Starting the Sequel

So I took the past two days off from official work — I’m on vacation, right? — in order to make some real headway on my next novel. I’m now about 5% into it (as seen in the progress meter at left), and I have to say it’s been an interesting experience so far.

I’ve never written a “sequel” before, and I’m finding that it raises thorny problems. None bigger, of course, than the question of how much I can take for granted. That is, can I count on the fact that readers will read Book 1 before hitting Book 2? And even if they have read Book 1, how much can I count on them remembering?

I knew that this problem existed in a theoretical way, but until I sat down to start up this book I didn’t know it in a practical way.

My prologue to Book 1 was 3,830 words long, which is fairly massive for a prologue — though in my defense it operates in a much different way than most traditional prologues. The longest chapter in Book 1 was one of the climactic ones, at 4,924 words, and the average length was probably around 3,100 words.

The prologue to Book 2, the first draft of which I just finished? 5,399 words.

Some of that is taken up with action and basic character development — though it’s a character that we grew to know pretty well in Book 1 — but I fear that far too much of it is giving recap of basic plot data from the first book. I’ve tried to parcel it out, tried to be subtle, but I found it much more of a problem than I thought it would be. I’m longing now to take Tolkien’s approach and just assume that the reader will slog straight through the whole series, giving no help at all to anyone joining the show part way along.

Am I over-thinking this? How much can I trust you readers? Any advice for the Tolkien approach versus the give-some-background approach?

6 Comments

  1. Send it to me if you’d like some reality-based feedback. Speculating theoretically about that line is wasting time that should be spent writing, although, my guess is that you wrote more than you need.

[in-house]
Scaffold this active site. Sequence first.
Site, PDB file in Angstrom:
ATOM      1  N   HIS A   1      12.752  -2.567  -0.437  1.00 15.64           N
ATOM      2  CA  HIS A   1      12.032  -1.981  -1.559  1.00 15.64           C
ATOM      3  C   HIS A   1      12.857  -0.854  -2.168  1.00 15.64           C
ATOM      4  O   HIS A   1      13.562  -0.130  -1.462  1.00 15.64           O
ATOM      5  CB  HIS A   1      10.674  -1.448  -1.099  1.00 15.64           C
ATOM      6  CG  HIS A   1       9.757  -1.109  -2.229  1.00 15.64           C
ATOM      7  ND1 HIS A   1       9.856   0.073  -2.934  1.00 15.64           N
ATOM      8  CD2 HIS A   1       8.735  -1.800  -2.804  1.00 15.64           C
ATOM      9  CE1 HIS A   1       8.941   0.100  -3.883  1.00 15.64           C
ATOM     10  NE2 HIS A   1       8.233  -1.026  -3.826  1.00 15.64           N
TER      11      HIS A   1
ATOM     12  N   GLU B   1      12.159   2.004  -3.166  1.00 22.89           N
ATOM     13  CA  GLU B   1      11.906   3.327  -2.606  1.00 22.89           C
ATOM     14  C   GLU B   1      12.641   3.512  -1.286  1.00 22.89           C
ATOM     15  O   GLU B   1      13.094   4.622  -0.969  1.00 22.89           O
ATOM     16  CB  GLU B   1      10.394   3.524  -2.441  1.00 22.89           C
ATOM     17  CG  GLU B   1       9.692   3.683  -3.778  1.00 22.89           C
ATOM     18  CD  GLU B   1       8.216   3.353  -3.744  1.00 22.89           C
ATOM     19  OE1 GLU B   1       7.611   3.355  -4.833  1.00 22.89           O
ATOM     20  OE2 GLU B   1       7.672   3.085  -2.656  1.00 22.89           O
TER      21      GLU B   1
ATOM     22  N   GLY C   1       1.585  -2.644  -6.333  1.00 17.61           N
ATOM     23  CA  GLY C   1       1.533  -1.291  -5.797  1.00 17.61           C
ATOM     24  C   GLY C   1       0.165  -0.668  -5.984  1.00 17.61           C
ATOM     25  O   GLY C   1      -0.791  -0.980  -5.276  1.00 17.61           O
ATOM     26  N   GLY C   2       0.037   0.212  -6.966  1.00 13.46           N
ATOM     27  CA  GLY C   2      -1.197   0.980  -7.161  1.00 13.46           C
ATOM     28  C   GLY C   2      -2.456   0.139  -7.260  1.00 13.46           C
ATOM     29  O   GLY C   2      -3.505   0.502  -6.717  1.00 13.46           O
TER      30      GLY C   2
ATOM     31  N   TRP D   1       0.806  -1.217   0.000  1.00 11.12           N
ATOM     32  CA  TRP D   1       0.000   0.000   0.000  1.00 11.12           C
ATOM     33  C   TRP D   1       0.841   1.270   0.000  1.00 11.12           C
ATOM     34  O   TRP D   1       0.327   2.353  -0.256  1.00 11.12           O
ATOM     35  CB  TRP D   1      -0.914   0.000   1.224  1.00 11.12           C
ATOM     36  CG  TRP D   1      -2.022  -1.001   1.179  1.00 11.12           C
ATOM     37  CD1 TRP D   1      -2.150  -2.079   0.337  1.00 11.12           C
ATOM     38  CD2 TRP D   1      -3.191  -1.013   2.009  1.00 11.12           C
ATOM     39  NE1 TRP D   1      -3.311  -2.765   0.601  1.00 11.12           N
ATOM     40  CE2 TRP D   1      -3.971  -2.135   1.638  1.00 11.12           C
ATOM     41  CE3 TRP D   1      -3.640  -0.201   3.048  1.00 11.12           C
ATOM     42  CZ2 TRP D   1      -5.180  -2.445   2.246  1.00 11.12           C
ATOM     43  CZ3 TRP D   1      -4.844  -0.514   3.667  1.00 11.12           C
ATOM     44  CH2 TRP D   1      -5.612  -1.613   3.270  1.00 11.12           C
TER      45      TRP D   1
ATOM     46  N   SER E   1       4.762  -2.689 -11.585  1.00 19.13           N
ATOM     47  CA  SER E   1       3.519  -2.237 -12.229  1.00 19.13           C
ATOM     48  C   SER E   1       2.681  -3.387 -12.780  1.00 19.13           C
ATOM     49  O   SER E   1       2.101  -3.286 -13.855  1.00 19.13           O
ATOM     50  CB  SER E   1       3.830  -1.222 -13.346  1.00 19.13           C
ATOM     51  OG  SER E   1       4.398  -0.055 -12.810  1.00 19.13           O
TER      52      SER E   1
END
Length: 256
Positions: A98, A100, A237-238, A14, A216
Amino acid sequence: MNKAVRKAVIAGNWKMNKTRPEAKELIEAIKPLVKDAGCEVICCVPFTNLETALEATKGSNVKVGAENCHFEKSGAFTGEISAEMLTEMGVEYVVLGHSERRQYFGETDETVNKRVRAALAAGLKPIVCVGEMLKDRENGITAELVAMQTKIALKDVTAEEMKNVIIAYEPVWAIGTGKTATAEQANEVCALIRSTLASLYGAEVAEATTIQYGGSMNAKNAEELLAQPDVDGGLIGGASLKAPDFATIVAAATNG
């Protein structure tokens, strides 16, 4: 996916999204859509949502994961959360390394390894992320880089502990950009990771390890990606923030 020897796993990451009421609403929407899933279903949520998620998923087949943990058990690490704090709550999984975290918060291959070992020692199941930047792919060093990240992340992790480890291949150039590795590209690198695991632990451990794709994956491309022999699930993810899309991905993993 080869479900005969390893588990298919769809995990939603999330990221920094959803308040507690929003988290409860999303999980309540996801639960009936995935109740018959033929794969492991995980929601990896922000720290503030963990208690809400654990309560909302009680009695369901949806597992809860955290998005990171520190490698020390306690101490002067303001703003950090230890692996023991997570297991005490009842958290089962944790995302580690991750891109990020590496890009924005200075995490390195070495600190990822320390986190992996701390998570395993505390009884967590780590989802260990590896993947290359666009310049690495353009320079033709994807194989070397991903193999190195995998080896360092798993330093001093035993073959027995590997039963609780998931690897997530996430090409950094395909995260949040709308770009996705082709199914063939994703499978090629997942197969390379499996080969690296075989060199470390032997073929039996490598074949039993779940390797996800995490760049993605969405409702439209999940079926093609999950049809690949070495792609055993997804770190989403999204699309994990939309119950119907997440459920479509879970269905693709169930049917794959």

I served as Wise Reader for all three books in James Maxey’s series. I thought he did a fine job of walking that line. They are fast reads if you think you might want to look at them.

  2. I suspect you’ll be getting something shortly, Cathy.

    You’re right about James handling it well. But, then, he’s a really great writer.

  3. I find that if there is too much recap from a previous book I have a very difficult time getting through the recap and on to the rest of the book (read as: I put the book down and rarely pick it up again). If there is a point or two from the old book that is particularly crucial to the new book I would say work it into the story somehow.

    I believe the type of reader your book will attract will more often than not remember the details from the previous book. So a brief recap, at most, is all you would need.

    I wouldn’t cater to those who will pick up a book from a series and read it out of order, they are the same folks that flip to the end to find out what happens. They will get all caught up once the movie is released.

    On a side note: I always thought it would be cool before a story started in the second and third books of a series if there is a picture drawn that basically acted as a trigger to the points that should flash in ones memory from the previous book. If you don’t read the previous book it makes no sense, but if you had it’s like a little bulb turning on.

  4. Good advice, Kate. Sounds more or less like my impulse, which is especially welcome news.

  5. Heck, you know what I’d say. Do it Tolkien, all the way…though as I remember you saying in class, doing it Tolkien-style (whoah…ok, just going to go with that sketchy-sounding phrase for now) might not go down well with a publisher these days. Then again, what do I know? I’ve never tried to get anything published.

    I do know, much as I love The Wheel of Time series, that Book 10? Crossroads of Twilight? Where NOTHING HAPPENS except character development/plot recap through the entire, like, 800 pages? pissed me off a little. In short, if it were me, I’d risk it and skip all the recap.

    You are inspiring me to write more on my own. I can’t wait to read your series!

  6. That’s good advice in general, though “doing it Tolkien-style” technically tends to involve large, hairy feet, which is something I’d like to avoid. 🙂

    I hope very much that you get the chance to read these books. If that agent would get back to me…

    (Oh, and for what it’s worth, a lot of folks had issues with Crossroads of Twilight.)

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